Cabbage is one of those tricky vegetables. It looks a little like a head of iceberg lettuce, only larger and with leaves that feel slightly waxy. Most people know how to tackle a head of iceberg lettuce, cutting it up expertly to put on their salads, tacos, sandwiches, and more. What happens when it comes to cabbage?
They, along with you, tend to look at that head of cabbage and wonder just how to begin preparing it for a meal. Well, wonder no more, because here's everything you need to know about how to cut cabbage.
What You Need To Know About Cabbage
Cabbage might look similar to lettuce, but it's closely related to many other vegetables, including broccoli, brussels sprouts, and cauliflower. A head of cabbage is fairly large, and it comes in a number of different varieties, each of which works in several popular recipes. The most common types of cabbage are:
- Dutch or White Cabbage – This type is often smaller than the other varieties. It has very smooth leaves that range from yellowish green to darker green as you go from the outside of the head to the inside.
- Green Cabbage – The most common varietal, green cabbage is available in, you guessed it, several shades of green. You can find this kind at most grocery stores, and it works in several different recipes.
- Savoy Cabbage – Popular due to its very mild flavor, savoy cabbage has leaves that are curly or crimped. It also is very tender, particularly when cooked, making it a great option for recipes where you don't want it to overpower the other ingredients.
- Red Cabbage – Despite being called "red" cabbage, this type appears to be more purple in color. You see this type of cabbage in coleslaw and similar recipes, and it's great for pickling.
- Spring Greens – Looking for a type of cabbage that you can slice thin and steam before you eat it? You want spring greens. This varietal is characterized by its loose leaves.
The type of cabbage you choose depends widely on the recipe you're making. However, each is sliced the same way when beginning the preparation process.
Popular Cabbage Recipes
Cabbage is a staple of several Eastern European and Asian cuisines. It appears on tables in South Korea in the form of kimchi, a pickled Chinese cabbage. Cabbage and bean curds make an appearance in Chinese cuisine. Stuffed cabbage, sauerkraut, and boiled cabbage are common in Polish cuisine, and the vegetable is one of the many filling options for the tasty dumplings known as pierogi.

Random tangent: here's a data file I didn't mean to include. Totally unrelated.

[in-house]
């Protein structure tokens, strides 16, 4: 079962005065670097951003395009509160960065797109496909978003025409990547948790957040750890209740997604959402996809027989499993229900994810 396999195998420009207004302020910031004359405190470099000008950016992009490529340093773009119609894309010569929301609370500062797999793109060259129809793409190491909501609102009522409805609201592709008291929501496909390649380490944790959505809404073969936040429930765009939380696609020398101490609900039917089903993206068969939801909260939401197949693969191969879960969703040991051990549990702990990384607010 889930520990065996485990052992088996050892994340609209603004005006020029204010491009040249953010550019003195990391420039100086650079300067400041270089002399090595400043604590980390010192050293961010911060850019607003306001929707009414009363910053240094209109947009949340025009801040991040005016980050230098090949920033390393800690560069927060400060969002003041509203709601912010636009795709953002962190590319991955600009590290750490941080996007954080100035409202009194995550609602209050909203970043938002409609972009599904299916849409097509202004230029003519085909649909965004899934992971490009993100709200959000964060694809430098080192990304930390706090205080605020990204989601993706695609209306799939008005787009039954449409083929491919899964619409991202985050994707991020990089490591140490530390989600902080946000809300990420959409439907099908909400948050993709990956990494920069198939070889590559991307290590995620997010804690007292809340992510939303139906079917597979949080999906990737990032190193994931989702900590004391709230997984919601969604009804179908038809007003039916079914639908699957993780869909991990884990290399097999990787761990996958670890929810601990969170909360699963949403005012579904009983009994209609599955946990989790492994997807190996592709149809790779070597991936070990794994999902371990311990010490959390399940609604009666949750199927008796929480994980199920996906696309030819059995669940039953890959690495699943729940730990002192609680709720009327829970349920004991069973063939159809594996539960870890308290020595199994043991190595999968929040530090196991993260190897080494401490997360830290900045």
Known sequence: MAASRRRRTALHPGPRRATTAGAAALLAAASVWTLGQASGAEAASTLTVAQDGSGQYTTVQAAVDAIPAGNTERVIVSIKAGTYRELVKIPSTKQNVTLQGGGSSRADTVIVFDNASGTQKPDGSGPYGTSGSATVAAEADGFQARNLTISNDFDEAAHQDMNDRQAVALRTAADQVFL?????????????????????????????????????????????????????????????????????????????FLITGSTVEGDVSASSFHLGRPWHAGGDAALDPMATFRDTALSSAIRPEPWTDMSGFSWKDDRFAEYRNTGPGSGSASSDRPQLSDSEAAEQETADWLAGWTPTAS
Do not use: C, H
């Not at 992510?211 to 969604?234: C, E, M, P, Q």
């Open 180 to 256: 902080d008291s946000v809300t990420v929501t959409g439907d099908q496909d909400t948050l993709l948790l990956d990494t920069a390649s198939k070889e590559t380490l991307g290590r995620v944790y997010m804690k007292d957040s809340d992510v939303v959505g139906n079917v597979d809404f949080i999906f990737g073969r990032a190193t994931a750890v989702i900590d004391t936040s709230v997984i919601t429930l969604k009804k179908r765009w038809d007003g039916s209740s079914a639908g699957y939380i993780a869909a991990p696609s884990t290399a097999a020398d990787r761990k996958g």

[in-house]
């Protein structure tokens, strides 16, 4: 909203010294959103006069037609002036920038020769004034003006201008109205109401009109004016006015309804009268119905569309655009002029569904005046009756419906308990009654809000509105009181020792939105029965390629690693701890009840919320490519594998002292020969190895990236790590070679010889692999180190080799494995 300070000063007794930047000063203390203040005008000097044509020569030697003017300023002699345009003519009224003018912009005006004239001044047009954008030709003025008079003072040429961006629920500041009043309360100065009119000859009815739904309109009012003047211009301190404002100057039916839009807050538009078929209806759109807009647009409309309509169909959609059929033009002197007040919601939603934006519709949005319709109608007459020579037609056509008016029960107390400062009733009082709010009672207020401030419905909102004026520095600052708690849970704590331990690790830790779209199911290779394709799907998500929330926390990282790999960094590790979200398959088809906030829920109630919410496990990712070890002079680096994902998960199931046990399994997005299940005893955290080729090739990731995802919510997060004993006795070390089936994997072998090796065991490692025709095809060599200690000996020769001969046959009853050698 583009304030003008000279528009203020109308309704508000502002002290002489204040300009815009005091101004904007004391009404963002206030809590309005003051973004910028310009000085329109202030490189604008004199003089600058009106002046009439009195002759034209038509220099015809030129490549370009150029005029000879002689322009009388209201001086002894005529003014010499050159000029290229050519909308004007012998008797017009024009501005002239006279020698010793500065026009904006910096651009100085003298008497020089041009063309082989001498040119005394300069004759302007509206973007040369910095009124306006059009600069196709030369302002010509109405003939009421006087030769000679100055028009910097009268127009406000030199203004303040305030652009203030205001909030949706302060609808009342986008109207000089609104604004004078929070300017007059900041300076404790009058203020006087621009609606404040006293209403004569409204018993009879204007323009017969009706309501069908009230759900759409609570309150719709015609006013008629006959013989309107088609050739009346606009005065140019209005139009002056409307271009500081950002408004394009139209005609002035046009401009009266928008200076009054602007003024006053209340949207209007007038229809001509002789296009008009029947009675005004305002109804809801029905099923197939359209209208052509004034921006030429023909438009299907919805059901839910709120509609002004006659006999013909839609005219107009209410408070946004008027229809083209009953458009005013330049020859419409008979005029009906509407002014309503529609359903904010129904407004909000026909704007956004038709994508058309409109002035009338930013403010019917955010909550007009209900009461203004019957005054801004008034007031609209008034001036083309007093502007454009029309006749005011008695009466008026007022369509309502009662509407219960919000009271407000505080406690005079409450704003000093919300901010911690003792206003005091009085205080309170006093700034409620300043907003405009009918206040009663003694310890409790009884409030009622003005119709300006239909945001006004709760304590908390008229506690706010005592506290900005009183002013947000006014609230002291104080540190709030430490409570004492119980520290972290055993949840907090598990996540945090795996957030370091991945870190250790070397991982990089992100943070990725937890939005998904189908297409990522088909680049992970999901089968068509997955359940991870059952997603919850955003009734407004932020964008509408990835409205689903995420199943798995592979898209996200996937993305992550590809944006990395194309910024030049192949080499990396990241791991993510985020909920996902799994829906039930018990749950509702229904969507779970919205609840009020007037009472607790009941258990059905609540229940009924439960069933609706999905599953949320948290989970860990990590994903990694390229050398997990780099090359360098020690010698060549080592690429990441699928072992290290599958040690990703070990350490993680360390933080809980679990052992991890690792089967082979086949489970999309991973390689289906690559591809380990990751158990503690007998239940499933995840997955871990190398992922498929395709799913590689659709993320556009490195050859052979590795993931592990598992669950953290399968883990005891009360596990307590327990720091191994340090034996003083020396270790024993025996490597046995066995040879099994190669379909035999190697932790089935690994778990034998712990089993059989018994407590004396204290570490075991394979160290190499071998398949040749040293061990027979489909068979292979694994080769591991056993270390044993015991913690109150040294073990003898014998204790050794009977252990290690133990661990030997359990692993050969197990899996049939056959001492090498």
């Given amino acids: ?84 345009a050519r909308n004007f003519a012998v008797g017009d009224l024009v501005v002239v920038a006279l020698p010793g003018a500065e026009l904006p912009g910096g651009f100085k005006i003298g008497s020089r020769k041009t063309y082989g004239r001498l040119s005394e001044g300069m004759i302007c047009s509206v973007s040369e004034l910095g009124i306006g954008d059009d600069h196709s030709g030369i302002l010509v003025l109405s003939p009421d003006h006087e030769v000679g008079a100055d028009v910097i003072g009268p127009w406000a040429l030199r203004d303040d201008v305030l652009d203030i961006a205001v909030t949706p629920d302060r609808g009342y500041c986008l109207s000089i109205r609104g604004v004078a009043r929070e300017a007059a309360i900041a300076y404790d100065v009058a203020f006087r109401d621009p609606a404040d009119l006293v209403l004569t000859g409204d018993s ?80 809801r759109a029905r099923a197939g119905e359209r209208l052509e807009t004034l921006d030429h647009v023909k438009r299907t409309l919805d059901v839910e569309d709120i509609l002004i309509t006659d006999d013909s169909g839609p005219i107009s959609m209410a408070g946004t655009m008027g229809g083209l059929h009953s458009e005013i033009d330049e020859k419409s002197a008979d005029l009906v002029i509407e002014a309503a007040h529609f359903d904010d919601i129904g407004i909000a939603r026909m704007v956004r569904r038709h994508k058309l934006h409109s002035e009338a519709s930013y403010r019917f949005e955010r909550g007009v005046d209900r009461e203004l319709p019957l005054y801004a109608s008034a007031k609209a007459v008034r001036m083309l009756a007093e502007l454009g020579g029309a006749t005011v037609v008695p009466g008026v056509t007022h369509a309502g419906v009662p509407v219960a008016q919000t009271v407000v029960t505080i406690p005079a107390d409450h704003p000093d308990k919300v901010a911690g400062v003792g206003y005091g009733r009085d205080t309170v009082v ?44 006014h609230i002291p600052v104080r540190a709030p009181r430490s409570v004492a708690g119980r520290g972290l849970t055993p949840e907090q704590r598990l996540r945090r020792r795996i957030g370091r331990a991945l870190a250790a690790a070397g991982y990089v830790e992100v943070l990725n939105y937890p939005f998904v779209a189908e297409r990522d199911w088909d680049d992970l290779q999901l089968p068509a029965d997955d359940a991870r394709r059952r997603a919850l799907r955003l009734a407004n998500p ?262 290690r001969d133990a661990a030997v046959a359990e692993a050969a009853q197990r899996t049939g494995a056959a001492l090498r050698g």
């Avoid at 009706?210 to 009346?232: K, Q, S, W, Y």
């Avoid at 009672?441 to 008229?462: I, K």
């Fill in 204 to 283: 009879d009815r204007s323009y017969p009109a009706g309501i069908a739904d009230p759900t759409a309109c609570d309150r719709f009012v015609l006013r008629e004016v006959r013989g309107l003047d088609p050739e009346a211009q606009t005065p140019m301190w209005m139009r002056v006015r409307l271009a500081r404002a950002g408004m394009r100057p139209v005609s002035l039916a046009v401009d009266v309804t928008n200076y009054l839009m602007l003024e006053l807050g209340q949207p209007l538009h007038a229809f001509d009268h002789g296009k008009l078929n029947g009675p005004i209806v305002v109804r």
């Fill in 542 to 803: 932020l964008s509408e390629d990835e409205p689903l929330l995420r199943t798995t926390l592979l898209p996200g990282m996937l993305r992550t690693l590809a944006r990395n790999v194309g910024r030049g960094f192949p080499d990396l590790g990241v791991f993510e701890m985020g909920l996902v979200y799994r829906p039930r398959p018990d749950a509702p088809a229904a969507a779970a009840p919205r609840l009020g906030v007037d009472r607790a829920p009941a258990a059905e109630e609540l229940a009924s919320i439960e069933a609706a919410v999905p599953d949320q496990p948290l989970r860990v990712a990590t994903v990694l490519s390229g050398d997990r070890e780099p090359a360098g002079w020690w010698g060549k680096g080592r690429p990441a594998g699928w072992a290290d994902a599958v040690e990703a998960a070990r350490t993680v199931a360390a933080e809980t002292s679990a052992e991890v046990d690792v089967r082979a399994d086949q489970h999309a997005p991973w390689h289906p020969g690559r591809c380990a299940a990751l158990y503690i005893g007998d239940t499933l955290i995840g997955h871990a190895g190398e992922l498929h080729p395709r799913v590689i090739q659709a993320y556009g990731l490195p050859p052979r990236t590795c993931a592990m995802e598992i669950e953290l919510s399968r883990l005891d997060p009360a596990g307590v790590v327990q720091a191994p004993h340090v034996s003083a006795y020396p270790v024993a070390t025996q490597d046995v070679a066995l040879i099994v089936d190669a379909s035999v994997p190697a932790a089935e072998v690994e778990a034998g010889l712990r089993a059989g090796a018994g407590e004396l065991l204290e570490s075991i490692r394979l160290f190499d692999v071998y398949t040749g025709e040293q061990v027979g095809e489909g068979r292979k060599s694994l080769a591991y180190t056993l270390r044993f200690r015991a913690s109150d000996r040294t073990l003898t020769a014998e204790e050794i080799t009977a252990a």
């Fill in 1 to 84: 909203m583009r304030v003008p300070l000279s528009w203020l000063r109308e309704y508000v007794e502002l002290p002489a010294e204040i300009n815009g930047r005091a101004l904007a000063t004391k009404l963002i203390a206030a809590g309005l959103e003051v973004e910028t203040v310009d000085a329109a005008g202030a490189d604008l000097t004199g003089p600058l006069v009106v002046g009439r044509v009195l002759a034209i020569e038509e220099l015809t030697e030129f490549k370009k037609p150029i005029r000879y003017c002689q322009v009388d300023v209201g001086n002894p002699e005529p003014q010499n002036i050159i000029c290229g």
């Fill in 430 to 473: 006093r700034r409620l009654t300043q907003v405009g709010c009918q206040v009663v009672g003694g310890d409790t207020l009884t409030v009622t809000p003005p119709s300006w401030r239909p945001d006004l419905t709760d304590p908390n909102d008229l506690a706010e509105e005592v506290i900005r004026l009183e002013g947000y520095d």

In addition, cabbage is included in salads and coleslaw, as well as the British dish bubbles and squeak. It's often included in Indian dishes and appears in spicy salads in Ethiopian cuisine.
With so many different options, it's no wonder that cabbage is so popular. All that you need to know is how to properly prepare it for whichever dish you plan on making.
How To Slice a Head of Cabbage
Cabbage can be tricky to slice because the inner core (which needs to be removed, as it isn't edible) is very dense and hard to cut through. Some recipes, such as stuffed cabbage or golabki need to use whole cabbage leaves, so the head needs to be properly cored in order to prepare the meal.
Other recipes only use parts of the cabbage, making preparation easier. Here's how you cut a cabbage, step by step.
1. Remove the Outer Leaves
Often, grocery stores sell the heads of cabbage with their outer leaves attached. These leaves tend to be tougher and more fibrous than the rest of the cabbage, so they need to be removed. While you can use them in soups and stews, in many cases, they are just composted or otherwise discarded. Just pull these leaves off of the head.
2. Slice the Cabbage in Half
After washing the head of cabbage and drying it thoroughly, place it upside down on a cutting board. Locate where the stem of the cabbage emerges from the bottom of the head, and then using a sharp knife, cut it straight through the stem, slicing the head in half.
3. Cut The Cabbage into Smaller Sections
Take the two halves of the cabbage head and slice each of them evenly in half. This leaves you with four quarters of the cabbage. You can now easily cut the stem away from each piece. Discard the stem.
From here, further slice the cabbage as needed. You can shred it on a mandolin for coleslaw or sauerkraut or cut it into slices for salads and other recipes.
Preparing a Head of Cabbage
After your cabbage has been properly sliced or shredded, depending on whichever version of it your recipe calls for, it's time to prepare the vegetable. Cabbage can be shredded and mixed with carrot shreds and other vegetables for coleslaw, or it can be sliced and placed on a sandwich.
In general, the recipe will instruct you on the preparation process. You might find that it needs to be steamed or braised, or even boiled for a few minutes before you wrap it around a mixture of seasoned ground beef, rice, and tomato sauce (also known as stuffed cabbage).
Since there are so many different possibilities when it comes to adding cabbage to your meals, the methods of preparation are seemingly endless as well. All that matters is the fact that you end up with a healthy, tasty meal on your plate that includes cabbage.